U.S. stock futures advanced, indicating the Standard & Poor’s 500 Index will rally for a third day, amid better-than-estimated corporate earnings.
CVS Caremark Corp. (CVS:US), the largest provider of prescription drugs in the U.S., climbed 2.2 percent as profit beat analysts’ projections. Chesapeake (CHK:US) Energy Corp., the second-largest U.S. natural-gas producer, increased 5.1 percent after reporting the highest quarterly profit (CHK:US) in the company’s history. Sirius (SIRI:US) XM Radio Inc., the largest U.S. satellite-radio company, gained 3.2 percent after boosting its annual profit forecast (SIRI:US).
S&P 500 futures expiring in September rose 0.4 percent to 1,395.2 at 8:17 p.m. in New York. Dow Jones Industrial Average futures added 33 points, or 0.3 percent, to 13,100 today. The number of shares changing hands in Stoxx Europe 600 Index’s companies was 11 percent lower than the 30-day average at this time of day, according to data compiled by Bloomberg.
Equities rose as 72 percent of the S&P 500 (SPX) companies which reported second-quarter results beat analysts’ earnings estimates, according to data compiled by Bloomberg.
CVS added 2.2 percent to $45.88. The company boosted revenue 16 percent after winning customers from Walgreen Co. (WAG:US), which last year ended its contract to sell prescriptions through employee benefits manager Express Scripts Holding Co. CVS reiterated today it expects to retain at least half of those customers in the fourth quarter as Walgreen and Express Scripts prepare to renew their agreement, effective Sept. 15.
Chesapeake rose 5.1 percent to $18.61. The company increased the minimum it plans to raise through asset sales this year to $13 billion from $11.5 billion, and said more than half of that will come by the end of next month when it completes sales of Texas oifields. It lifted its full-year production estimate thanks to discoveries in Texas and Ohio, and said the danger of outspending cash flow next year has abated.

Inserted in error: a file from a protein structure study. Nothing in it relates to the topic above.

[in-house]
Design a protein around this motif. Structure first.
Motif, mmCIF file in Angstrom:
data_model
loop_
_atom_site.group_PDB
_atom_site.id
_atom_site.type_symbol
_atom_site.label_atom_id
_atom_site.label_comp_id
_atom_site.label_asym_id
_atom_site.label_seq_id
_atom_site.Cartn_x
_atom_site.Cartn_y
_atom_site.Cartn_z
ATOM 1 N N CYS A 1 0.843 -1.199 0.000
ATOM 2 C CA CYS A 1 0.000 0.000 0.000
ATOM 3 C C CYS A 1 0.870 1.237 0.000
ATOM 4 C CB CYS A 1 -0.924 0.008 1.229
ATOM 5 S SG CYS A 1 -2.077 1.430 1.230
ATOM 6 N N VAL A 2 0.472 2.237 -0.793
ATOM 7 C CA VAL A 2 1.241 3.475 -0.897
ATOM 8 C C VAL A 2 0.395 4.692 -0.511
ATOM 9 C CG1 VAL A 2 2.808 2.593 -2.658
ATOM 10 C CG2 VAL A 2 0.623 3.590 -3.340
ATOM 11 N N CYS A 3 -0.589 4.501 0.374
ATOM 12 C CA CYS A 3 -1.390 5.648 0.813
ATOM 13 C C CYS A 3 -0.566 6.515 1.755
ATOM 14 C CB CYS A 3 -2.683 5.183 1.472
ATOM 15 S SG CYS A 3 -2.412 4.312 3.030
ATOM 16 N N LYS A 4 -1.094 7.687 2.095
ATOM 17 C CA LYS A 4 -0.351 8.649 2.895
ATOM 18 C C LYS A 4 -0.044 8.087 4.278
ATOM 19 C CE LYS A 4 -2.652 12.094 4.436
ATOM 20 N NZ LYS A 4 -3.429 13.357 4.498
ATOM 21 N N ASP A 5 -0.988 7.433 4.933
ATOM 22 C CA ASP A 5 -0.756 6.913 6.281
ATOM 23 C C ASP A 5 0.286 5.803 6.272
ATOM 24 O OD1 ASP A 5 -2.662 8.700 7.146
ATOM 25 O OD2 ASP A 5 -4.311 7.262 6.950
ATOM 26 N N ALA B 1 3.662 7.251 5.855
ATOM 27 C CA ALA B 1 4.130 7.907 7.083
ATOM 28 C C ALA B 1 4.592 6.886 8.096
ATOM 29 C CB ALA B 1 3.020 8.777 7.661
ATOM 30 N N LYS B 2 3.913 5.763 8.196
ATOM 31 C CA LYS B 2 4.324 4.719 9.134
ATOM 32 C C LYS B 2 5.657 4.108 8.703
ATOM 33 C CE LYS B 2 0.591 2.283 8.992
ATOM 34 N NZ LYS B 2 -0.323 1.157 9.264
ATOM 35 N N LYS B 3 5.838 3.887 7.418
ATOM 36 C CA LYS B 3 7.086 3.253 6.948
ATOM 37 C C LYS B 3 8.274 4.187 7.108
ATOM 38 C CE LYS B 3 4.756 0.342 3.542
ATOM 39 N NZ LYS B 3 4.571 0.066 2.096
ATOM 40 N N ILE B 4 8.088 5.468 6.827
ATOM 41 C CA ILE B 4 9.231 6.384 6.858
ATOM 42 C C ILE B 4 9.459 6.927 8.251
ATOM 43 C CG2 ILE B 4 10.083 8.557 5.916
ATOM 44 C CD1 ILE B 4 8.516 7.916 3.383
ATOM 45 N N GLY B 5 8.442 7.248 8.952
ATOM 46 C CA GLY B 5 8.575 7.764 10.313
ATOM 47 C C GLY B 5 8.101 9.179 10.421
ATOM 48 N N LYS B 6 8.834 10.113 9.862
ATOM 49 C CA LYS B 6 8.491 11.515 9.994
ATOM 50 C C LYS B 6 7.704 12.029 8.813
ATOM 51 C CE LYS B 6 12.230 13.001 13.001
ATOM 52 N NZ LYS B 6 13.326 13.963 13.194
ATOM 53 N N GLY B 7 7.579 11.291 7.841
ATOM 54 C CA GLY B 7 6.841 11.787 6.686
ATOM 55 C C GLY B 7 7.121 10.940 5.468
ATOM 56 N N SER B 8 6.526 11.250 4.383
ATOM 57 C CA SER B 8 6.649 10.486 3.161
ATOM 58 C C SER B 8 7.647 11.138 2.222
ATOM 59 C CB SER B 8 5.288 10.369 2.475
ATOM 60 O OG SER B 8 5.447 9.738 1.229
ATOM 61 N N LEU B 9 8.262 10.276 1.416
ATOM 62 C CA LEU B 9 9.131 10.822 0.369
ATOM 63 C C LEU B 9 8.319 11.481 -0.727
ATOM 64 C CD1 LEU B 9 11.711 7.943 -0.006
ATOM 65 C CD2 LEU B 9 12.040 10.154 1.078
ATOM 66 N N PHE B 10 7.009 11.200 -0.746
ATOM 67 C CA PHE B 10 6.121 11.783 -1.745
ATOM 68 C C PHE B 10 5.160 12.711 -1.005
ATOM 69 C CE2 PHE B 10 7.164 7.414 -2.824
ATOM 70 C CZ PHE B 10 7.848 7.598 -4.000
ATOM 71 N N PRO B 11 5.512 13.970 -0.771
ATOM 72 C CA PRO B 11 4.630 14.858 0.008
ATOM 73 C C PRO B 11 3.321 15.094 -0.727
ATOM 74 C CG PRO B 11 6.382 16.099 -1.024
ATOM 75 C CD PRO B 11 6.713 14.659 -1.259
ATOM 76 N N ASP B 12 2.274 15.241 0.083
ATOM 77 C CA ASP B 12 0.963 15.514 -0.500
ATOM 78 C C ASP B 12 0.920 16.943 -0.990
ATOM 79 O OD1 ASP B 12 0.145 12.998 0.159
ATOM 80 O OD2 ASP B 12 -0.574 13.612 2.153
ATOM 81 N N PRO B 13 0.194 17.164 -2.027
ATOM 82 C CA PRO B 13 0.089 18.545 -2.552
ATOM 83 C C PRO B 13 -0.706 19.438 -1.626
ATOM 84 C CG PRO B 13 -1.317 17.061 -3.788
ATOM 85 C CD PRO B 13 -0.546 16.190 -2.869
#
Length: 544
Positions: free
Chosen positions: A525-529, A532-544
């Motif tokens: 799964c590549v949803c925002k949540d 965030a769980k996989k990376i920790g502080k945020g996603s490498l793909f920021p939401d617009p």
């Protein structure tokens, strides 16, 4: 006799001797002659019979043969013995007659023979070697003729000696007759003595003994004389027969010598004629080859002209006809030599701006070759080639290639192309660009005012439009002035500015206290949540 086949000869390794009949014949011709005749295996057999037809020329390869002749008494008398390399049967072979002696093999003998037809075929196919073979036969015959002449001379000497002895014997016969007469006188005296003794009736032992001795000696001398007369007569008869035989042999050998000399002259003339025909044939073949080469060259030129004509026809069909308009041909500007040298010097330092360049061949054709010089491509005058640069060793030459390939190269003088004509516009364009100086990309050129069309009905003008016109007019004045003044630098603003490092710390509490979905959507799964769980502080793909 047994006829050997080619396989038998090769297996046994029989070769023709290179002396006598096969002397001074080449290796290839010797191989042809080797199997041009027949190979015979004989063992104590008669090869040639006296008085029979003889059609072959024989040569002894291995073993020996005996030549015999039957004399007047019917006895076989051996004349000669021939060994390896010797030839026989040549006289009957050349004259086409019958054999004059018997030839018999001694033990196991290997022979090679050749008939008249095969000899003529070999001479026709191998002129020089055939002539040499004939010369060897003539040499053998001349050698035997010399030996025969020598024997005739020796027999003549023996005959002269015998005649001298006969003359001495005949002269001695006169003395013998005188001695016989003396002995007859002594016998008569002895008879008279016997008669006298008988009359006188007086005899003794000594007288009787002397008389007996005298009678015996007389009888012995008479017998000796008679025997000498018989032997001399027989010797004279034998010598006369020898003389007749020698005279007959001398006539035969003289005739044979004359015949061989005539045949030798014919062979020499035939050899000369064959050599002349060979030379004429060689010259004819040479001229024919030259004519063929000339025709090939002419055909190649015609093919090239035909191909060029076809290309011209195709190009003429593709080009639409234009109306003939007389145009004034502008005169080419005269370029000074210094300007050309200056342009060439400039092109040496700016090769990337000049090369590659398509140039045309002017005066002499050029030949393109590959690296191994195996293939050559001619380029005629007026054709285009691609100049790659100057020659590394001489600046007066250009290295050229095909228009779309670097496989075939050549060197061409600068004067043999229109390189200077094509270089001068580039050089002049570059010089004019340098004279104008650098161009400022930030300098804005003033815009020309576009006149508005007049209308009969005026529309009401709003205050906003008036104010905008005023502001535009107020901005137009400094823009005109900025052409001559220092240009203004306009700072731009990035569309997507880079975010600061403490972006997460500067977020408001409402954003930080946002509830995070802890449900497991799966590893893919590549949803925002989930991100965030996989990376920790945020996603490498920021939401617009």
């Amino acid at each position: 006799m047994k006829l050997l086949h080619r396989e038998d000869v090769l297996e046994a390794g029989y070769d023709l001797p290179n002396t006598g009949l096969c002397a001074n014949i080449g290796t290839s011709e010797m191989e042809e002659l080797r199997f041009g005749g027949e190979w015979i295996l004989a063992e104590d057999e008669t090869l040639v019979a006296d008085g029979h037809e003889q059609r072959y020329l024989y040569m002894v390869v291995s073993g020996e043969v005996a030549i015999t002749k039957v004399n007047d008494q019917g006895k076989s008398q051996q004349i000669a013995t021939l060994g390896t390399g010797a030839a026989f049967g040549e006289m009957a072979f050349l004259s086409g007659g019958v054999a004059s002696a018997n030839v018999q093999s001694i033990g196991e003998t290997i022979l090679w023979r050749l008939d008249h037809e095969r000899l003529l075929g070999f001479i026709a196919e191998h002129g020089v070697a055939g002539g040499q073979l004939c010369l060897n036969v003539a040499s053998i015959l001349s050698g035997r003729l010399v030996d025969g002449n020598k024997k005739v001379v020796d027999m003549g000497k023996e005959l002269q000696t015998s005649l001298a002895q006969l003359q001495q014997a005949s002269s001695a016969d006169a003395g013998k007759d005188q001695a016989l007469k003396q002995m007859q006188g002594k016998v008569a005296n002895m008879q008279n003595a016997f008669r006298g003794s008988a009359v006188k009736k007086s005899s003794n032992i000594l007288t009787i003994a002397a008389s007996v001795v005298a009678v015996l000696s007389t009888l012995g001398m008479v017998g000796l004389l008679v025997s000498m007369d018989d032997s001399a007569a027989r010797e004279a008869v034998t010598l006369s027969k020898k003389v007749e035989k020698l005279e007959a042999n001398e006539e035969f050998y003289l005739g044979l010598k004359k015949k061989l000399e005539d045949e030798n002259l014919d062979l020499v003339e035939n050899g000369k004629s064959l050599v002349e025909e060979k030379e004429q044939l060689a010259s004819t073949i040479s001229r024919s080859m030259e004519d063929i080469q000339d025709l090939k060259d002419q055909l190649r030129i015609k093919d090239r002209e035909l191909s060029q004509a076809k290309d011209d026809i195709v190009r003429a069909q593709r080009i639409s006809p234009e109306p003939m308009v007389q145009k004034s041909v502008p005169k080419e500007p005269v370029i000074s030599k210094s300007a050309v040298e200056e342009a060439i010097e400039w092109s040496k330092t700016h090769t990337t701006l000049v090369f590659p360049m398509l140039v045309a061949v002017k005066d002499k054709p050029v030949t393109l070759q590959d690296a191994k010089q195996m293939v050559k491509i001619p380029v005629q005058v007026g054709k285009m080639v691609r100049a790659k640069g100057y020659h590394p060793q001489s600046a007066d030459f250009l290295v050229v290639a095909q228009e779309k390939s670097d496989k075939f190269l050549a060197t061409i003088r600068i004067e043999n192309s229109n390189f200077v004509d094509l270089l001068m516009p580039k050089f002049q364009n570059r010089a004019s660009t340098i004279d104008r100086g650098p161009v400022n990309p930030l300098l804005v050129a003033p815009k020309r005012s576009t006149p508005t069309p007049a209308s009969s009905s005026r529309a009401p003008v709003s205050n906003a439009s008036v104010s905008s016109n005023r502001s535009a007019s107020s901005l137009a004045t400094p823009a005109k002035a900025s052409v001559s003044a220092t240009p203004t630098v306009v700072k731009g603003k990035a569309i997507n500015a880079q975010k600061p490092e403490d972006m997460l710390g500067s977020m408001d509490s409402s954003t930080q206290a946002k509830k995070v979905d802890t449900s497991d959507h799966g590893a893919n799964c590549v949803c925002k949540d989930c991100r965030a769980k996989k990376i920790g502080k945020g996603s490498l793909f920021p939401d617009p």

Sirius increased 3.2 percent to $2.27. The company added 622,000 subscribers last quarter, bringing its total to a record 22.9 million. As Sirius grows, it faces a challenge for control of the company. John Malone’s Liberty Media Corp. is trying to take over Sirius -- an effort that has contributed to a 21 percent gain in the stock price this year.
Regional banks have become a more telling indicator of the U.S. stock market’s prospects than the country’s largest lenders, according to Donald Coxe, a strategy adviser to Bank of Montreal’s securities unit.
The KBW Regional Bank Index has lagged behind the S&P 500 most of the time since March 2009, when the latter gauge started rising from a 12-year low. The index of 50 lenders has also failed to keep pace since the first week of June, when stocks began their current rally.
This performance contrasts with the KBW Bank Index (BKX), consisting of Bank of America Corp., Citigroup Inc., JPMorgan Chase & Co., Wells Fargo & Co. and 20 more of the biggest U.S. banks. The gauge, included in the chart, has gained more than the S&P 500 since March 2009 and in the past two months.
“The tide is turning away from those mega-institutions,” Coxe wrote in an Aug. 3 report. The shift results from “badly behaved bankers” who relied on the government for help during the 2008 financial crisis and fought efforts to rein in their business afterward, the report said.
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